The man in this story is not a stranger to the narrator, and this complication makes him seem especially sexy to her. In the best porn tradition, a situation that could give rise to ugly jealousy, rage or exploitation in real life provides all the characters with just enough frisson to guarantee a good time for all.

Sex is described in loving detail throughout the collection, but the sex scenes are especially important in "Hockey Stick." In this story, the author finds or invents a long list of synonyms for sex organs. Here the narrator describes her methods of warming up her blonde friend:

"My tongue slipped easily into her flooding snizz, and I lapped at her greedily, I made certain to flick her clitty with each stroke, and I could already hear her moans and squeals from above me."

Soon afterward, John (the male guest) gives the narrator the attention she wants. She enjoys "the thrusting of his uncovered, throbbing rod." Later in the same paragraph it becomes "his huge prick" and "John's cock." The narrator sucks and licks her friend's "wet mound" and "her button." Luckily, her "snizz" never appears again.

The clunkiest passages in these stories convey the consciousness of innocent characters convincingly, but a narrator with greater perspective would be able to describe the experiments of youth with more insight, or at least with more art. Several sentences contain unclear or misleading words (uncorrected typos?) and omissions, which interrupt the flow of the narrative.

The third story, "Lucky Boy," departs the furthest from the clichés of stroke-stories, and it impressed me the most. Alex, a young man (by his own definition) in his first year of university, wants to lose his virginity, but he also has a secret which he fears will drive away every potential date. The love and support of his parents feels to him like too much of a good thing. And of course, the Goth chick that he hopes to impress discovers his secret before he can work up the courage to tell her. The characters are stunningly believable, and the details (including the importance of vending-machine food in dorm life) are just right.

When three students in this story discuss sexuality, they sound appropriately self-conscious, but never sink to Politically Correct stiltedness. A young man tells his dorm-mates:

" . . .It's not for everyone, but gender-fucking is a great experiment. It teaches you a lot about society's problems with gender lines. I personally couldn't care less about them. I'm attracted to people for who they are, regardless of what's in their pants or up their skirt."

The Goth chick exclaims: "I really don't give two shits about a person's genitals, as long as they're intelligent, kind and hot really doesn't hurt, either."

A second male asks: "What about people who have visited both sides of the fence, but are truly only attracted to people of one gender or the other? Are we unenlightened? Is being a straight male too pedestrian?"

His companions tell him in unison, "Not at all!" The girl explains: "The key . . . is that you weren't afraid to try something out of the normal boundaries. Not everyone is bisexual, just like not everyone is gay or straight, but at least you know for sure what you do and don't like. That makes you highly enlightened in my book."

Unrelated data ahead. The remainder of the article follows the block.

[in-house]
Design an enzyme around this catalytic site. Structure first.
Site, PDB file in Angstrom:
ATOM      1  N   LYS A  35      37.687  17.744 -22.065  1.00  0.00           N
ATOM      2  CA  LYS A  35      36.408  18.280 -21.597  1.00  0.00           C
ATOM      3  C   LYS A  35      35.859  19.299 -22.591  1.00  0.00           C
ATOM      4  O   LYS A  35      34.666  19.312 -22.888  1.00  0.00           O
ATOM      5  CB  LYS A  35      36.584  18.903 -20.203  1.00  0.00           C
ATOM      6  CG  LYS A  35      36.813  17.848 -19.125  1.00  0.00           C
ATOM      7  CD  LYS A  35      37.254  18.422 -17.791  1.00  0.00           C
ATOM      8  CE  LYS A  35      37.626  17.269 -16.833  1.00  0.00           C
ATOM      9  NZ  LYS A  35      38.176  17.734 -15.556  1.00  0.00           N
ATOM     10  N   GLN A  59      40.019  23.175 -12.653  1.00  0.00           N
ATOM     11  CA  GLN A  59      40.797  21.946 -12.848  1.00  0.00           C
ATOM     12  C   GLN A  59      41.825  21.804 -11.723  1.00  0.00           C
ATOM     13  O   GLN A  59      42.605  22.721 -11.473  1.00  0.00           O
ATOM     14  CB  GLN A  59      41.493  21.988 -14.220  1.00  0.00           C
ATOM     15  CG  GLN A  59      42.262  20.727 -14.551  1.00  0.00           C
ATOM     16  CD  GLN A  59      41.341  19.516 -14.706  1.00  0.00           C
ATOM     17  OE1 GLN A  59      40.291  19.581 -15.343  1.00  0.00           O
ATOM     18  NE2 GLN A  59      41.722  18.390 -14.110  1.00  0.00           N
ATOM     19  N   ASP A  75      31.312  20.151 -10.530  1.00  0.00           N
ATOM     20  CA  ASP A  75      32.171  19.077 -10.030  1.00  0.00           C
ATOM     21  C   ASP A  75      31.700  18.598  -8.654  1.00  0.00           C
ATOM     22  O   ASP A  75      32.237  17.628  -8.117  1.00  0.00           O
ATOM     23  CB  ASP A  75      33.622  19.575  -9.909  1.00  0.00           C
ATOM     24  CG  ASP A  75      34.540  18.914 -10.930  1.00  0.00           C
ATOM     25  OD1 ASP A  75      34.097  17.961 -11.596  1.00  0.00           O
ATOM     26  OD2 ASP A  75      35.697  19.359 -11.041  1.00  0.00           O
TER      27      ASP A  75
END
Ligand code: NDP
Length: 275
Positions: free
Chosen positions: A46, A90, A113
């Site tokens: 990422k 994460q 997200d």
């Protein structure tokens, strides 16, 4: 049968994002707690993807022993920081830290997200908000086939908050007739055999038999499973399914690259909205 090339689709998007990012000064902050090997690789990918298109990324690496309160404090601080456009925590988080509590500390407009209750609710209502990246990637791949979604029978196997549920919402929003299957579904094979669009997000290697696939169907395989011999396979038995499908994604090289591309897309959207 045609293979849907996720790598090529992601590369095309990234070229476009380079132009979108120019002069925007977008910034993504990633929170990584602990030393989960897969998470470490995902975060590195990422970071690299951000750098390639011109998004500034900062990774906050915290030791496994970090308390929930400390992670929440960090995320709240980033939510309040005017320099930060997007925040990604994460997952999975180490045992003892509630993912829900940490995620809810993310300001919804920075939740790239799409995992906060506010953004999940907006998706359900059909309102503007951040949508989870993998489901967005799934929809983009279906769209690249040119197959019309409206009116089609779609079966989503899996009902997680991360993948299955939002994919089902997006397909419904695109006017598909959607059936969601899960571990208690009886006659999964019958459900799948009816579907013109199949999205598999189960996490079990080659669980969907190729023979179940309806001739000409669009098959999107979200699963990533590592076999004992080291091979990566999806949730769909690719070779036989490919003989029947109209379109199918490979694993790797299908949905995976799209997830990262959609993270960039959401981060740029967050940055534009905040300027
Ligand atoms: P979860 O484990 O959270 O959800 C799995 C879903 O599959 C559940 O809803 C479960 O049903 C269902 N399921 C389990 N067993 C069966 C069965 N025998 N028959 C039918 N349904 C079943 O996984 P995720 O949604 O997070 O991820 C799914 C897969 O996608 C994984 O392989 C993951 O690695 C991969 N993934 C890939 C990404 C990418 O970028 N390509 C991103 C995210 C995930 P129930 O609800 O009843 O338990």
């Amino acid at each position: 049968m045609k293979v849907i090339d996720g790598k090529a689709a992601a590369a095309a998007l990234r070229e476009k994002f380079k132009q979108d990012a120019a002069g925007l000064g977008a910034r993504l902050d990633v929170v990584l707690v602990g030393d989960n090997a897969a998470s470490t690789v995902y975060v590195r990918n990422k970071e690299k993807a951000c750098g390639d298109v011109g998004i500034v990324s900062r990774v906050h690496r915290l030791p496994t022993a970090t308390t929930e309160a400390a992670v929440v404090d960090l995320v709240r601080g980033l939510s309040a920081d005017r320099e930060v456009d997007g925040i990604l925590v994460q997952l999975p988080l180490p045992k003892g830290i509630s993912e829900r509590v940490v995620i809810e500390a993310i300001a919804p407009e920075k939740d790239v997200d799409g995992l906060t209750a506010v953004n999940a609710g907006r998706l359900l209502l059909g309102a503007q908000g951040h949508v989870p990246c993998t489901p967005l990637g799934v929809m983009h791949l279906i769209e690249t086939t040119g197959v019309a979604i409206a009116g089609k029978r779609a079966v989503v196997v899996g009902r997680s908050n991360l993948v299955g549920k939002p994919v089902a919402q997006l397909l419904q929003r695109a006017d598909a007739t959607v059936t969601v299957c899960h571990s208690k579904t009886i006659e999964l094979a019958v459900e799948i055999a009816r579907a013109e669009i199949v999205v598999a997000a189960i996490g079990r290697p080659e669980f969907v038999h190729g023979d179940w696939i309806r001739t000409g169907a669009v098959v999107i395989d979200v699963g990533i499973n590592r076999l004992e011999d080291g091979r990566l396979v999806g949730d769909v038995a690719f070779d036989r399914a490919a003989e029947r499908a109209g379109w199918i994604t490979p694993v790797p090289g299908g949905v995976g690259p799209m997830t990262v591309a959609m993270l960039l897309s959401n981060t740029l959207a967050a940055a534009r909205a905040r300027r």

As in the utopian sexual fiction of Carol Queen, characters with different sexual tastes form solid friendships based on mutual respect. In this story, university really does seem like the place where seekers can gain enlightenment. This reviewer wishes that the narrator of "Drain Cleaner" had attended the same school as the characters of "Lucky Boy."

Unfortunately, the author does not seem to analyze her own writing persona as well as she teases out the emotional truth of each of her characters. Her implication that she (as well as each character) "scores" brilliantly in each of these stories shows an unattractive lack of modesty. In "About the Author," she is said to have "an odd, yet delightfully eclectic approach." Her approach to erotic fiction seems far from odd to me, since her plot premises (a young woman who assumes she is “normal” is shocked and turned on by the suave gallantry of an experienced lesbian, two horny girlfriends find a well-hung stud, a shy young man is seduced by a confident young woman who appears fragile) have all been used before. Other erotic writers have also shown themselves to be “delightfully eclectic,” or capable of describing more than one type of sexual connection.

The third-person author of the author’s bio also claims: “In her writing, A.J. Bray enjoys tackling every angle of sexuality, leaving no kinky stone unturned." I can think of several kinky stones (or sex toys, fetishes, personality types, historical periods, situations, plot twists and genres) that were left unturned in this collection, at least. But then, turning over every kinky stone in the road does not seem to me to be the main purpose of erotic fiction.

The appearance of a certain unspoiled innocence in the author as well as the characters seems to be her greatest strength, as well as theirs. Despite their resemblance to characters in older stroke-stories, these young adults are experiencing it all for the first time, in their own unique skins, and the author seduces us into caring about them. This reviewer hopes that she will gain more technical skill without losing the gifts she already has.